"Yotam Ottolenghi and Sami Tamimi...are purveyors of some of the city's most beautiful food. In this sleek, good-looking volume they spill the beans on some of their best known dishes. It's very modern, very metropolitan... in the vein of the River Cafe and Moro books - and we suspect it will be just as popular with London farmer's market shoppers this summer" (Time Out)
"Set to be the al fresco bible for summer" (ES Magazine)
"There's something irresistibly beautiful about the food at Ottolenghi and the book to accompany the cafes is as seductive: vivid flavours, bright colours and smart, simple ideas for food that mixes middle eastern and Italianate tastes." (Nigella Lawson Delicious)
"Gorgeous, healthy recipes...a wonderful book." (Sunday Times' Culture)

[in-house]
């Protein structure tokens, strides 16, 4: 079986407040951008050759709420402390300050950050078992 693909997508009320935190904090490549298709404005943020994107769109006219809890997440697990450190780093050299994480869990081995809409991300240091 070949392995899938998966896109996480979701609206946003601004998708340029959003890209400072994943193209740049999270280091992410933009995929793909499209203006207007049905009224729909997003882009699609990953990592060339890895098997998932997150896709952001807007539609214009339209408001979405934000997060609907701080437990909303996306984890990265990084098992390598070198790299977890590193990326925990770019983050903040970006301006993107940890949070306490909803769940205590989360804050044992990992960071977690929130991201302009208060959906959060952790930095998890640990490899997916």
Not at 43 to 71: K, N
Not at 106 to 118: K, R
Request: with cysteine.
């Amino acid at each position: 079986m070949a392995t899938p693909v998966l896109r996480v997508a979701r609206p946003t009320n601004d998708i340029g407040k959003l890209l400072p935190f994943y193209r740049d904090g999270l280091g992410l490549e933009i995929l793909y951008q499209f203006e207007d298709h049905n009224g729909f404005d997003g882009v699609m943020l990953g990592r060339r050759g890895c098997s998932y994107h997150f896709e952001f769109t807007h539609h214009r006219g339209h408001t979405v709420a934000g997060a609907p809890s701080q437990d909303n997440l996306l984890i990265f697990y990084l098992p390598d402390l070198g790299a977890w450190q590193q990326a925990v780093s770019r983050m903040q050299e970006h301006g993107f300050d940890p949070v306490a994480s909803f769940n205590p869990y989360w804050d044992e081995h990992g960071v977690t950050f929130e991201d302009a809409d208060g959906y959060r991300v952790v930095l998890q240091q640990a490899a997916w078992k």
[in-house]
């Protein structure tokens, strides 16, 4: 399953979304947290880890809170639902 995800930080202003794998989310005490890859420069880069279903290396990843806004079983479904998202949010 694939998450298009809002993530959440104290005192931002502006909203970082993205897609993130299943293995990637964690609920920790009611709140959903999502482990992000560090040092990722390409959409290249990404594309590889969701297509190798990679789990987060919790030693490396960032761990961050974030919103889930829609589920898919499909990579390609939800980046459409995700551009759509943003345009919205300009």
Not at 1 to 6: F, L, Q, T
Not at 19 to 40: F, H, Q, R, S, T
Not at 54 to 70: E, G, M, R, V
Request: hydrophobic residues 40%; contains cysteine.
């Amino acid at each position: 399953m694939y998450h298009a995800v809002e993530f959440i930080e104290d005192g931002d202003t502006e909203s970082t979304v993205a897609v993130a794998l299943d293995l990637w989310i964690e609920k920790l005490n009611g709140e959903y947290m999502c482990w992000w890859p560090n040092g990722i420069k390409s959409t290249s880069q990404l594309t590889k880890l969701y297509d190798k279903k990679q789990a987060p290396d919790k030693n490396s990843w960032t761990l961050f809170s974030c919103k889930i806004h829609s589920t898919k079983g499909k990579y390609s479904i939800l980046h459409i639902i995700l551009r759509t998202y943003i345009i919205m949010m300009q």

About the Author
Yotam Ottolenghi's path to the world of cooking and baking has been anything but straightforward. Having completed a Masters degree in philosophy and literature whilst working on the news desk of an Israeli daily, he made a radical shift on coming to London in 1997. He started as an assistant pastry chef at the Capital and then worked at Kensington Place and Launceston Place, where he ran the pastry section. Yotam subsequently worked for Maison Blanc and then Baker and Spice, before starting his own eponymous group of restaurants/food shops, with branches in Notting Hill, Belgravia, Islington and Kensington. He opened the restaurant NOPI in Piccadilly in 2011.
Sami Tamimi's intimate engagement with food started at a tender age, whilst watching his mother prepare Palestinian delicacies at their home within the walls of Arab East Jerusalem. His first job was as a commis chef at the Mount Zion hotel in the city. He thereafter investigated some of his culinary passions, including the food of Yemen, Morocco, Egypt, Persia and even the Eastern European Jewish communities. In 1997 he moved from Tel Aviv to London to work at Baker and Spice, creating a unique traiteur section with the strong identifiable flavours of the Middle East. In 2002 he teamed up with Yotam to open Ottolenghi.